2013 and 2014 have proven to be “shake up” years for diagnostic and procedure coding for behavioral health services. Effective January 1, 2013, there were significant changes to Current Procedural Terminology (CPT) codes for psychiatry and psychotherapy services. A few months later in May, the American Psychiatric Association released the Fifth Edition of the Diagnostic and Statistical Manual of Mental Disorders (DSM-5). Effective October 1, 2015 (an unexpected one year delay), the entire U.S. healthcare system will transition to using the new ICD-10-CM code set.
Collectively, these transitions impact clinical diagnoses, billing, contracts, work flow, HIT, compliance protocols, and more. Explore the resources included below to help you navigate these changes.
Procedure Codes: CPT Changes to Psychiatry and Psychotherapy Services
- National Council’s fact sheet with crosswalk (3/7/13)
- AACAP’s Interactive Complexity Guide for use of +90785, the new add-on code for interactive complexity
- National Council’s Compliance Watch series on CPT
- Evaluation and Management Codes:
- CMS 1997 Evaluation and Management Guidelines
- “Coding for Key Components” guide by the AACAP
- CPT Code Changes for 2013: Impact on Behavioral Health – November 9, 2012
- E/M 101: Preparing Your Organization for 2013 CPT Code Changes – December 3, 2012
- CPT Code Changes: E/M 102, Level Selection and Documentation Support – January 9, 2013
Diagnostic Codes: DSM-5 and ICD-10-CM
The DSM-5 is the primary source used by clinicians for behavioral health diagnoses, but the ICD-10-CM code set is required for reporting and claim submissions. Behavioral health organizations need to have the work flow and technology supports in place to support accurate diagnostic reporting.
- American Psychiatric Association Webinar: Transitioning to DSM-5 and ICD-10-CM—visit this link to create a free account on the American Psychiatric Association education website. Once created, you can select “Course Catalog” under your name, and scroll down to their DSM-5 series. Select view, then select the “Transitioning to DSM-5 and ICD-10-CM” course and click register. Once you have registered you will find the course under “MY COURSES.” Click the red launch course button to begin.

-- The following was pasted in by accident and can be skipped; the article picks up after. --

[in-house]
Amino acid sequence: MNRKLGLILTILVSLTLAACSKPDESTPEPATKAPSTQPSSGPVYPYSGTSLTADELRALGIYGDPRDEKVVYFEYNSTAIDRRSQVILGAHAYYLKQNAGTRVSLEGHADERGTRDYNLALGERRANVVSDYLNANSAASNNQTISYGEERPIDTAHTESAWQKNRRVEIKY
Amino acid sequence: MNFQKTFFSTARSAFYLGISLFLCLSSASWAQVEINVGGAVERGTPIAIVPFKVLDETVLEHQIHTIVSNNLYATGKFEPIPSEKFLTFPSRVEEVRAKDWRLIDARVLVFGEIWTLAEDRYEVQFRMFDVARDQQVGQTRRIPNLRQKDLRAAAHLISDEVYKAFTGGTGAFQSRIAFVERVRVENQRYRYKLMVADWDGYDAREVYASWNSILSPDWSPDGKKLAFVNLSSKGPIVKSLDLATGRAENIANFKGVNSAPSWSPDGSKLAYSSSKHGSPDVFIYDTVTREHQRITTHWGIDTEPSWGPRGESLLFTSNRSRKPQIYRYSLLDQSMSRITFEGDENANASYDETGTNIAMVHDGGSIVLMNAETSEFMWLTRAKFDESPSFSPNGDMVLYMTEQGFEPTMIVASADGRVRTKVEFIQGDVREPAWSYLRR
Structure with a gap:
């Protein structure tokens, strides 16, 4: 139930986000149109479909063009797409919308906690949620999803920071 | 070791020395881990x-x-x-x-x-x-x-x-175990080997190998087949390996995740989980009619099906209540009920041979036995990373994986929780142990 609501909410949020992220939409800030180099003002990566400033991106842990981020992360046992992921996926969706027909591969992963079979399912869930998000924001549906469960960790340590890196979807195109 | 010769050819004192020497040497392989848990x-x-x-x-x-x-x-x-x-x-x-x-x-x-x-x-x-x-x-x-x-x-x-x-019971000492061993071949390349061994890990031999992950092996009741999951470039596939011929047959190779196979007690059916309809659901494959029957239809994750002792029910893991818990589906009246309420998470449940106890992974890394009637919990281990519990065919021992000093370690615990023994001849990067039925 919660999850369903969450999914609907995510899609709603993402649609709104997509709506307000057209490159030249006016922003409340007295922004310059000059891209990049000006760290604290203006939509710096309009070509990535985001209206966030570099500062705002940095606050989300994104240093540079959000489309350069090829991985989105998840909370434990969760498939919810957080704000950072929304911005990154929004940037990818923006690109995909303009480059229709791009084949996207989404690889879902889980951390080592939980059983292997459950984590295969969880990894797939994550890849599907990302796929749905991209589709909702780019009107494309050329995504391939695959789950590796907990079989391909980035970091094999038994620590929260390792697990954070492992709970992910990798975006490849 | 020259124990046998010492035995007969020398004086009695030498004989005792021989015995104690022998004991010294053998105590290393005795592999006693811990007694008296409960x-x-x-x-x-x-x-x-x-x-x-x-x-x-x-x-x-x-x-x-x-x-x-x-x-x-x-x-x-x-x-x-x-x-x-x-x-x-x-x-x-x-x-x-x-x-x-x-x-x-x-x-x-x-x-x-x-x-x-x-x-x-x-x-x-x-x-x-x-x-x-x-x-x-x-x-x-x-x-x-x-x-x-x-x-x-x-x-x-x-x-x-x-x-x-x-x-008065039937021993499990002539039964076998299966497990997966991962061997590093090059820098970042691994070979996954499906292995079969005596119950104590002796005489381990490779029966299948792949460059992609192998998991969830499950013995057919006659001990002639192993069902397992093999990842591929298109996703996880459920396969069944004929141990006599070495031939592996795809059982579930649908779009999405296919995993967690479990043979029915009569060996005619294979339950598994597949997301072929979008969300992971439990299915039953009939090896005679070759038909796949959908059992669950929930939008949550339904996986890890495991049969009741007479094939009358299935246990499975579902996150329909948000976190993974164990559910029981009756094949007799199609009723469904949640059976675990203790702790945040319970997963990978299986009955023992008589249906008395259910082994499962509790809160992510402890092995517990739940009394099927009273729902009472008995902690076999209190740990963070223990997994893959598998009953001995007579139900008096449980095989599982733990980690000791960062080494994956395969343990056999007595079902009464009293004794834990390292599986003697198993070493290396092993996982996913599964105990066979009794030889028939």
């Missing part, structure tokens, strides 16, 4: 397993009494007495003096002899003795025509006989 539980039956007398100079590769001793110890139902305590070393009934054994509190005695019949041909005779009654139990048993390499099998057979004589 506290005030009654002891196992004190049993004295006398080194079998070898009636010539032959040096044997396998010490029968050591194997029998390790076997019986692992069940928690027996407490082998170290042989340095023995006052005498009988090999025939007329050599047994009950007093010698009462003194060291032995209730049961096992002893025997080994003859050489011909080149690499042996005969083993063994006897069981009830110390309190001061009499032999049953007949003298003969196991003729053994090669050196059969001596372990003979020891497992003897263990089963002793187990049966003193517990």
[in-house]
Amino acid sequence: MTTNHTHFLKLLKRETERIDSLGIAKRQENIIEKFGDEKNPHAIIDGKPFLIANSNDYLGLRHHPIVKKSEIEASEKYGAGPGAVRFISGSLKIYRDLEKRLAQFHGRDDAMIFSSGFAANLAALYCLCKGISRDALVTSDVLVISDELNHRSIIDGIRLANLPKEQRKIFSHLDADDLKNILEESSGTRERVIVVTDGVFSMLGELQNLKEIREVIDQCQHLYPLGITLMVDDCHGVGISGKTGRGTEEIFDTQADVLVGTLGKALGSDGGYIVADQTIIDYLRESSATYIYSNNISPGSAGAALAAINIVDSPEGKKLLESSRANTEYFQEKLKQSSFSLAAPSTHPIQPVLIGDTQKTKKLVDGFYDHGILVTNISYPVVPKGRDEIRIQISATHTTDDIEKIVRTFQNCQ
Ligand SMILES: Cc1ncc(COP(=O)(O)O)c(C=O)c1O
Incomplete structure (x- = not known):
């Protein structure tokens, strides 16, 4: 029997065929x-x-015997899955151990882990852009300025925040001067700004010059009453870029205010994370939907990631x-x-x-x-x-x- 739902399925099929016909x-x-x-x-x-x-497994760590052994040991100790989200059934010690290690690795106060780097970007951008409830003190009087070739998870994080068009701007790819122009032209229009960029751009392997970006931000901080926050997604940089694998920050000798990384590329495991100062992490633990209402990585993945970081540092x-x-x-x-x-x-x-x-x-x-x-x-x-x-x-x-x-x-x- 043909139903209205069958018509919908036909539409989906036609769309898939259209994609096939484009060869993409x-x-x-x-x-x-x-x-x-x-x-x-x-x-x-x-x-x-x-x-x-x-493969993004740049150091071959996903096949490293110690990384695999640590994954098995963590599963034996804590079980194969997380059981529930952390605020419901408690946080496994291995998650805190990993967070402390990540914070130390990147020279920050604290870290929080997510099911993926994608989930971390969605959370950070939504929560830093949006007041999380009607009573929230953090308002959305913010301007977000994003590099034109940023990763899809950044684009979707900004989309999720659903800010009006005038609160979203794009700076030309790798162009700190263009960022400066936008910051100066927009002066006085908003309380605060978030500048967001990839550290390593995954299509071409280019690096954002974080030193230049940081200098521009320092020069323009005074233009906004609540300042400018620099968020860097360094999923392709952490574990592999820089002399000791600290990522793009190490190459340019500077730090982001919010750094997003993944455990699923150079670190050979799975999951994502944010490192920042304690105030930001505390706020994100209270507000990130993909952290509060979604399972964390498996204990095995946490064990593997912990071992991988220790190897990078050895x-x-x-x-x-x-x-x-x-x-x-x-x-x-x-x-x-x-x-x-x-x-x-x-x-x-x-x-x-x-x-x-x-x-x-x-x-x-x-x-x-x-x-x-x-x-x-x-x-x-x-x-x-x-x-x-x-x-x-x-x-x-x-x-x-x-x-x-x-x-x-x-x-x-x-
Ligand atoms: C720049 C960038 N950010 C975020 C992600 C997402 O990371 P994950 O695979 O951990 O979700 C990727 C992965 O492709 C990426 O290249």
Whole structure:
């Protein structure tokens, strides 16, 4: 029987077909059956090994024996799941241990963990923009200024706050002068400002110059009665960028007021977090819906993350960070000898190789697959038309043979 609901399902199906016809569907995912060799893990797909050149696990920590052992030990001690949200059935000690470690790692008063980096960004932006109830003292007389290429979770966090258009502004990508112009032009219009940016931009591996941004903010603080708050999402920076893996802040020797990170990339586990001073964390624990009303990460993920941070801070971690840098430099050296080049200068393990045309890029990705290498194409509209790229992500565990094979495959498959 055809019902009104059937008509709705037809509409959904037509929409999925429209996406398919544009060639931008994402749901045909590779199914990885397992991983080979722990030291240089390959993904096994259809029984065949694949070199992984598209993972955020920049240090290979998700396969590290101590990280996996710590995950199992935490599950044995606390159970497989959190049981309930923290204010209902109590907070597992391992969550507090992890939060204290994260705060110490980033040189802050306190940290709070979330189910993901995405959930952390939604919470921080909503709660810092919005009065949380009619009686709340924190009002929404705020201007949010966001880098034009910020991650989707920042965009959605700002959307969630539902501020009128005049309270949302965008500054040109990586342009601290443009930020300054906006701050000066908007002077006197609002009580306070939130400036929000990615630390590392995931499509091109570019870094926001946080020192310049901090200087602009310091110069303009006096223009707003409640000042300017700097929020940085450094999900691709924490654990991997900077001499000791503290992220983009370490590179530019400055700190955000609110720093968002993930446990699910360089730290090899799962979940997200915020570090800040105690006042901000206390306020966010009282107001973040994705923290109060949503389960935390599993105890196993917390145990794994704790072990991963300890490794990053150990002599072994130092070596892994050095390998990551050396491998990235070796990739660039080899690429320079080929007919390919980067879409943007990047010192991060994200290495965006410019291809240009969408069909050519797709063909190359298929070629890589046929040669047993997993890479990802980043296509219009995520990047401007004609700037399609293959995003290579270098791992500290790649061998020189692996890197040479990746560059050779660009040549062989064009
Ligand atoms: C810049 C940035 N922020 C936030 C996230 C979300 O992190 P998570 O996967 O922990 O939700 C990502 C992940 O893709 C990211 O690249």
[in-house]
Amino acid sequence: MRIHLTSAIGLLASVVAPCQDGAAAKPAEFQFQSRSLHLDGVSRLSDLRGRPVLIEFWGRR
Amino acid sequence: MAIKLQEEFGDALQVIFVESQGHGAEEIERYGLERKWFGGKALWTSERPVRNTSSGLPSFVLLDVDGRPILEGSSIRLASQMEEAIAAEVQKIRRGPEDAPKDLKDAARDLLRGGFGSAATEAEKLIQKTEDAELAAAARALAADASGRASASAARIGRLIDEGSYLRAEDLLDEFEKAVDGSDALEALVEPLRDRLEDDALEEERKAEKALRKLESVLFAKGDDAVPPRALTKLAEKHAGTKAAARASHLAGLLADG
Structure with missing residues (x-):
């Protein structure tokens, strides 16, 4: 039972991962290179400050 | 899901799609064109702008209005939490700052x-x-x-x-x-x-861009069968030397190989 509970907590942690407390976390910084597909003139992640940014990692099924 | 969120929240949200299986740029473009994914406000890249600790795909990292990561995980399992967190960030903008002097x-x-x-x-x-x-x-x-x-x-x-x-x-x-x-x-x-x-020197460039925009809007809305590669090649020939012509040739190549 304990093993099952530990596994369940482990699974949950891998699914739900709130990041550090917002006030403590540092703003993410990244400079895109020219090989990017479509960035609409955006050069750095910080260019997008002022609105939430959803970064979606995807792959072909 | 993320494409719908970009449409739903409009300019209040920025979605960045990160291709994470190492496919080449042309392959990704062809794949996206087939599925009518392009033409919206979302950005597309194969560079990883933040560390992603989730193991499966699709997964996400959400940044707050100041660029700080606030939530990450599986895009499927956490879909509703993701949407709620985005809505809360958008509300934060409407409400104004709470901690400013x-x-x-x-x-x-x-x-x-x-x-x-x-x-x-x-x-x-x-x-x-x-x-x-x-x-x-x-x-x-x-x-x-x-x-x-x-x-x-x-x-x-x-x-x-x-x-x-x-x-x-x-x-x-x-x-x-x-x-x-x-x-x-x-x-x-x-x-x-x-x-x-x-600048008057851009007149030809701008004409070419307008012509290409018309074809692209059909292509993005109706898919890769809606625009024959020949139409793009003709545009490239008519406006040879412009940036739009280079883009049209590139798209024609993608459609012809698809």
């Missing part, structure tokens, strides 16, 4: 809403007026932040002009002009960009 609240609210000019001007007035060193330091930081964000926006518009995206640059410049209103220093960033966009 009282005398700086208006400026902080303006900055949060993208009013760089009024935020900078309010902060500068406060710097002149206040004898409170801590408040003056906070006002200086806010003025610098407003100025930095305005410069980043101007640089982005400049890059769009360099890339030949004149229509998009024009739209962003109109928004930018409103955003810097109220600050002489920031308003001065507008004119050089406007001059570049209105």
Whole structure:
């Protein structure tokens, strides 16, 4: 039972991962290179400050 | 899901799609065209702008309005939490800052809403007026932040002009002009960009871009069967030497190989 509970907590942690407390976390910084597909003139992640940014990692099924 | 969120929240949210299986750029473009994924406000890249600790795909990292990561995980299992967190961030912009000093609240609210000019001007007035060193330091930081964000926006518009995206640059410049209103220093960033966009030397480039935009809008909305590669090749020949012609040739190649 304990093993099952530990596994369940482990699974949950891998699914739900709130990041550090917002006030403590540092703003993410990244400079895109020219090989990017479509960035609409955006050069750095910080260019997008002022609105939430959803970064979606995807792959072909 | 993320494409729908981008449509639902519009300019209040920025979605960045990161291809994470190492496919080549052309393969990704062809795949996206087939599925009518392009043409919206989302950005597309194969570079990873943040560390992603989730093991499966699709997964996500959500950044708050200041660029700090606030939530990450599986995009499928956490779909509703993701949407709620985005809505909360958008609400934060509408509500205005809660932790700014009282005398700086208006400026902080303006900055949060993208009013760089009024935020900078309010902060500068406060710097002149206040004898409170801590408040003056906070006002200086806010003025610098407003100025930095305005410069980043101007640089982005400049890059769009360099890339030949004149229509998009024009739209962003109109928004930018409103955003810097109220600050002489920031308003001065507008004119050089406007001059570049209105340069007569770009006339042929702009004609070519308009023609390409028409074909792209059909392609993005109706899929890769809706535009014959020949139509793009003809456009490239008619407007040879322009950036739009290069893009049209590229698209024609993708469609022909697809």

- ICD-10 The Next Generation of Coding
- ICD-10 Myths & Facts
- ICD-10 Classification Enhancements
- Transition to ICD-10: Countdown to October 1, 2015
- The ICD-10 Classification of Mental and Behavioural Disorders Clinical Descriptions and Diagnostic Guidelines, sometimes referred to as the “Bluebook,” this guide includes clinical descriptions and diagnostic guidelines of the ICD-10 by the World Health Organization
- Understanding ICD-10-CM and DSM-5: A Quick Guide for Psychiatrists and Other Mental Health Clinicians, by the American Psychiatric Association
- DSM-5 Implementation and Support by the APA
- CMS Resource page, including official resources designed for providers, and education modules for small practices.
- E-learning courses by Relias Learning on DSM-5
- “Transitioning to ICD-10: Why It’s Important to Behavioral Health Care Providers and How to Prepare” – Elinore McCance-Katz, Joseph Nichols, and Donna Pickett, January 24, 2014. Slides
- “Preparing Your Organization for ICD-10 Implementation,” Michael Flora and David Swann, February 2014. Slides
- “ICD-10 is Delayed: Now What?” – Nina Marshall, and David Swann, June 2, 2014. Slides
Looking for training and support? Check out the National Council’s consulting services.
The National Council is providing these resources to help behavioral health organizations transitions to the new CPT, DSM, and ICD code sets. The information provided should not be considered a substitute for professional or legal advice on compliance matters.
CPT® five-digit codes, descriptions, and other data only are copyright 2012 by the American Medical Association (AMA). All Rights Reserved. No fee schedules, basic units, relative values or related listings are included in the CPT®. CPT® is a registered trademark of the American Medical Association (AMA).
DSM-5 is a registered trademark and protected by copyright held by the American Psychiatric Association.